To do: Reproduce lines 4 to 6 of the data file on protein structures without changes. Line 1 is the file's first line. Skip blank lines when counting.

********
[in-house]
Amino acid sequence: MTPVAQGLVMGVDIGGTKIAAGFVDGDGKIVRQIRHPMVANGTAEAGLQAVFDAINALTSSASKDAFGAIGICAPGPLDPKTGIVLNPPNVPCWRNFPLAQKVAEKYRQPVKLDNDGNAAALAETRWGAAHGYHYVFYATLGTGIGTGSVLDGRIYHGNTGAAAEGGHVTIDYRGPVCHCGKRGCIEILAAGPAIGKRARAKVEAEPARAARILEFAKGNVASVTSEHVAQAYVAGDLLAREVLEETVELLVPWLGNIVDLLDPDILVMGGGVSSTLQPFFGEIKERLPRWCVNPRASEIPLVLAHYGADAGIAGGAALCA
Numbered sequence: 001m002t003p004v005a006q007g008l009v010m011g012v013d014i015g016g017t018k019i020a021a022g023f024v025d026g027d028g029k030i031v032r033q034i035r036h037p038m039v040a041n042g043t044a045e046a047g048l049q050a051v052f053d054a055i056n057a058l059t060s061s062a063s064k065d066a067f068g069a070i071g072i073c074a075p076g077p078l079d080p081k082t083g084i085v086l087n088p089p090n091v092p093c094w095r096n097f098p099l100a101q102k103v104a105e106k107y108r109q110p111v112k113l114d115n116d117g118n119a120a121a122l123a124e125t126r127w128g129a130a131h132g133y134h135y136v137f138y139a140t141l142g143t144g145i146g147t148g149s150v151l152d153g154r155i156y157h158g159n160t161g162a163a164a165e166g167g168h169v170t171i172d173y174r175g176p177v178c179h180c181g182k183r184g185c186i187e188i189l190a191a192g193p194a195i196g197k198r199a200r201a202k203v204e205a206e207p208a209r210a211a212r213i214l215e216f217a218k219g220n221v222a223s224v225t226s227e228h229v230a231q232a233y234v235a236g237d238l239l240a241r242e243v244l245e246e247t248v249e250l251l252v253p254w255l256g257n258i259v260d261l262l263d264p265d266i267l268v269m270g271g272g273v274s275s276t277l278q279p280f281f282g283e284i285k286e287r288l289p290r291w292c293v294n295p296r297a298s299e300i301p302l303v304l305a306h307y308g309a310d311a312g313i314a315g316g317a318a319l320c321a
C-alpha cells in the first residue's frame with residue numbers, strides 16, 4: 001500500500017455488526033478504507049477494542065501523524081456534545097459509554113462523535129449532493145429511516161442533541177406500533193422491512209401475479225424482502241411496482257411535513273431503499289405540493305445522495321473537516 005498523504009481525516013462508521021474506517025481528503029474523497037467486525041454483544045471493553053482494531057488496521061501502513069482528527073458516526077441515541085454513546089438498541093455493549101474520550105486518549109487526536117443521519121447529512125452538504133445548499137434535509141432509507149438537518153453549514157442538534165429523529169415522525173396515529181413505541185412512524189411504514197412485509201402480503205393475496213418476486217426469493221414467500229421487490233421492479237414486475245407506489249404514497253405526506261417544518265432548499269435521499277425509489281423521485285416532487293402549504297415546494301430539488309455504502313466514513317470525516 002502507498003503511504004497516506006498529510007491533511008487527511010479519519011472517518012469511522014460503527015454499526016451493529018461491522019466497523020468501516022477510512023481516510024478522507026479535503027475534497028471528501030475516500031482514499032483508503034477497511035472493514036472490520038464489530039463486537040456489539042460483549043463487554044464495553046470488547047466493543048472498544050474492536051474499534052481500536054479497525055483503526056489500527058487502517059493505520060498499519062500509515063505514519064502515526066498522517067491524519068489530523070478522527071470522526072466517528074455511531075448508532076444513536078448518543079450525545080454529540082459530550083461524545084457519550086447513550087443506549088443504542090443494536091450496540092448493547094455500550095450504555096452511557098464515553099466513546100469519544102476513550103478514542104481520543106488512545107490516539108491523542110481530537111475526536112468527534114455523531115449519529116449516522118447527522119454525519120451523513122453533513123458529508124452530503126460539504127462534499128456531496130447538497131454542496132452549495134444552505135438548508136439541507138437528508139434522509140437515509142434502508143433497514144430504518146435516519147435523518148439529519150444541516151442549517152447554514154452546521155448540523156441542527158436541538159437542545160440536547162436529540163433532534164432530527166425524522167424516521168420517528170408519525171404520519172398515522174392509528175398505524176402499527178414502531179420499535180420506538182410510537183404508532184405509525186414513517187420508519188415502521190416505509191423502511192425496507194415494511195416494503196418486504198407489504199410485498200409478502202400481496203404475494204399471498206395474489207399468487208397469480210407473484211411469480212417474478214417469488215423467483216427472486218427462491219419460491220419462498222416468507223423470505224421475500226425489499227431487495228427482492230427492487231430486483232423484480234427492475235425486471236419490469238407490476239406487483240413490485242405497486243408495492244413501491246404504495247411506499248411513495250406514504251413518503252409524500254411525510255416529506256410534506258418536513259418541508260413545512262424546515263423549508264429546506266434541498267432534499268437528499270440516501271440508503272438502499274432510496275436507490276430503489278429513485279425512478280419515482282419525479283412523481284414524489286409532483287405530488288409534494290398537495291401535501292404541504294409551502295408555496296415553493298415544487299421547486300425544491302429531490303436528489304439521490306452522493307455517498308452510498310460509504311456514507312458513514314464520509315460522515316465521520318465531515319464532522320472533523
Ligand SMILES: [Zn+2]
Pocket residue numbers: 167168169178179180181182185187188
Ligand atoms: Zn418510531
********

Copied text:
C-alpha cells in the first residue's frame with residue numbers, strides 16, 4: 001500500500017455488526033478504507049477494542065501523524081456534545097459509554113462523535129449532493145429511516161442533541177406500533193422491512209401475479225424482502241411496482257411535513273431503499289405540493305445522495321473537516 005498523504009481525516013462508521021474506517025481528503029474523497037467486525041454483544045471493553053482494531057488496521061501502513069482528527073458516526077441515541085454513546089438498541093455493549101474520550105486518549109487526536117443521519121447529512125452538504133445548499137434535509141432509507149438537518153453549514157442538534165429523529169415522525173396515529181413505541185412512524189411504514197412485509201402480503205393475496213418476486217426469493221414467500229421487490233421492479237414486475245407506489249404514497253405526506261417544518265432548499269435521499277425509489281423521485285416532487293402549504297415546494301430539488309455504502313466514513317470525516 002502507498003503511504004497516506006498529510007491533511008487527511010479519519011472517518012469511522014460503527015454499526016451493529018461491522019466497523020468501516022477510512023481516510024478522507026479535503027475534497028471528501030475516500031482514499032483508503034477497511035472493514036472490520038464489530039463486537040456489539042460483549043463487554044464495553046470488547047466493543048472498544050474492536051474499534052481500536054479497525055483503526056489500527058487502517059493505520060498499519062500509515063505514519064502515526066498522517067491524519068489530523070478522527071470522526072466517528074455511531075448508532076444513536078448518543079450525545080454529540082459530550083461524545084457519550086447513550087443506549088443504542090443494536091450496540092448493547094455500550095450504555096452511557098464515553099466513546100469519544102476513550103478514542104481520543106488512545107490516539108491523542110481530537111475526536112468527534114455523531115449519529116449516522118447527522119454525519120451523513122453533513123458529508124452530503126460539504127462534499128456531496130447538497131454542496132452549495134444552505135438548508136439541507138437528508139434522509140437515509142434502508143433497514144430504518146435516519147435523518148439529519150444541516151442549517152447554514154452546521155448540523156441542527158436541538159437542545160440536547162436529540163433532534164432530527166425524522167424516521168420517528170408519525171404520519172398515522174392509528175398505524176402499527178414502531179420499535180420506538182410510537183404508532184405509525186414513517187420508519188415502521190416505509191423502511192425496507194415494511195416494503196418486504198407489504199410485498200409478502202400481496203404475494204399471498206395474489207399468487208397469480210407473484211411469480212417474478214417469488215423467483216427472486218427462491219419460491220419462498222416468507223423470505224421475500226425489499227431487495228427482492230427492487231430486483232423484480234427492475235425486471236419490469238407490476239406487483240413490485242405497486243408495492244413501491246404504495247411506499248411513495250406514504251413518503252409524500254411525510255416529506256410534506258418536513259418541508260413545512262424546515263423549508264429546506266434541498267432534499268437528499270440516501271440508503272438502499274432510496275436507490276430503489278429513485279425512478280419515482282419525479283412523481284414524489286409532483287405530488288409534494290398537495291401535501292404541504294409551502295408555496296415553493298415544487299421547486300425544491302429531490303436528489304439521490306452522493307455517498308452510498310460509504311456514507312458513514314464520509315460522515316465521520318465531515319464532522320472533523
Ligand SMILES: [Zn+2]
Pocket residue numbers: 167168169178179180181182185187188